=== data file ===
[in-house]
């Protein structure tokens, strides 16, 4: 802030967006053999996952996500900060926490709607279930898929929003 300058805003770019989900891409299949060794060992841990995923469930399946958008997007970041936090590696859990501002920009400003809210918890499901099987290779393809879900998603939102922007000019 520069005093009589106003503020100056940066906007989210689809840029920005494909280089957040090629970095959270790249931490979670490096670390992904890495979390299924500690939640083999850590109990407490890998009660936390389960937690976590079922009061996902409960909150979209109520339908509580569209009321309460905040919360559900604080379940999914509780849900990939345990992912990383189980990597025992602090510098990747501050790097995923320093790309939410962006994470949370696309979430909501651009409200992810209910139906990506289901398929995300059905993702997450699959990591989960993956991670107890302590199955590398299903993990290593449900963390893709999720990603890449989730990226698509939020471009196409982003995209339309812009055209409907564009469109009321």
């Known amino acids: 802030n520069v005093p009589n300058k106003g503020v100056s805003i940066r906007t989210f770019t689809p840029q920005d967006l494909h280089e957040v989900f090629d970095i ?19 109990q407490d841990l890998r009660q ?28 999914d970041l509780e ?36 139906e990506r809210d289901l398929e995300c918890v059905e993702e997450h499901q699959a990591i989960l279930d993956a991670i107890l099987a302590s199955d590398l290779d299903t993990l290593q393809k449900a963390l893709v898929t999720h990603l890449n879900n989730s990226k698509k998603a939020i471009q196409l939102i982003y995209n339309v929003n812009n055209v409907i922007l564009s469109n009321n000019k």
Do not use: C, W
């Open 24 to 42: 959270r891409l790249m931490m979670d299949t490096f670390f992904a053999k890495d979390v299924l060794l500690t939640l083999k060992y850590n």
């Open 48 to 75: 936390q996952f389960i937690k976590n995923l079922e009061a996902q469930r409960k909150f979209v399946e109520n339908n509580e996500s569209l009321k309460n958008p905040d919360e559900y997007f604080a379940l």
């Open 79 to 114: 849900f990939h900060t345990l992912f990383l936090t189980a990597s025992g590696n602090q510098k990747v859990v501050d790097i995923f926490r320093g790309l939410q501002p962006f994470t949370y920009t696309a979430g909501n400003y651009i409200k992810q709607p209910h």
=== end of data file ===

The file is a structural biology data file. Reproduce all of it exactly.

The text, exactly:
[in-house]
């Protein structure tokens, strides 16, 4: 802030967006053999996952996500900060926490709607279930898929929003 300058805003770019989900891409299949060794060992841990995923469930399946958008997007970041936090590696859990501002920009400003809210918890499901099987290779393809879900998603939102922007000019 520069005093009589106003503020100056940066906007989210689809840029920005494909280089957040090629970095959270790249931490979670490096670390992904890495979390299924500690939640083999850590109990407490890998009660936390389960937690976590079922009061996902409960909150979209109520339908509580569209009321309460905040919360559900604080379940999914509780849900990939345990992912990383189980990597025992602090510098990747501050790097995923320093790309939410962006994470949370696309979430909501651009409200992810209910139906990506289901398929995300059905993702997450699959990591989960993956991670107890302590199955590398299903993990290593449900963390893709999720990603890449989730990226698509939020471009196409982003995209339309812009055209409907564009469109009321």
């Known amino acids: 802030n520069v005093p009589n300058k106003g503020v100056s805003i940066r906007t989210f770019t689809p840029q920005d967006l494909h280089e957040v989900f090629d970095i ?19 109990q407490d841990l890998r009660q ?28 999914d970041l509780e ?36 139906e990506r809210d289901l398929e995300c918890v059905e993702e997450h499901q699959a990591i989960l279930d993956a991670i107890l099987a302590s199955d590398l290779d299903t993990l290593q393809k449900a963390l893709v898929t999720h990603l890449n879900n989730s990226k698509k998603a939020i471009q196409l939102i982003y995209n339309v929003n812009n055209v409907i922007l564009s469109n009321n000019k």
Do not use: C, W
């Open 24 to 42: 959270r891409l790249m931490m979670d299949t490096f670390f992904a053999k890495d979390v299924l060794l500690t939640l083999k060992y850590n």
């Open 48 to 75: 936390q996952f389960i937690k976590n995923l079922e009061a996902q469930r409960k909150f979209v399946e109520n339908n509580e996500s569209l009321k309460n958008p905040d919360e559900y997007f604080a379940l």
């Open 79 to 114: 849900f990939h900060t345990l992912f990383l936090t189980a990597s025992g590696n602090q510098k990747v859990v501050d790097i995923f926490r320093g790309l939410q501002p962006f994470t949370y920009t696309a979430g909501n400003y651009i409200k992810q709607p209910h």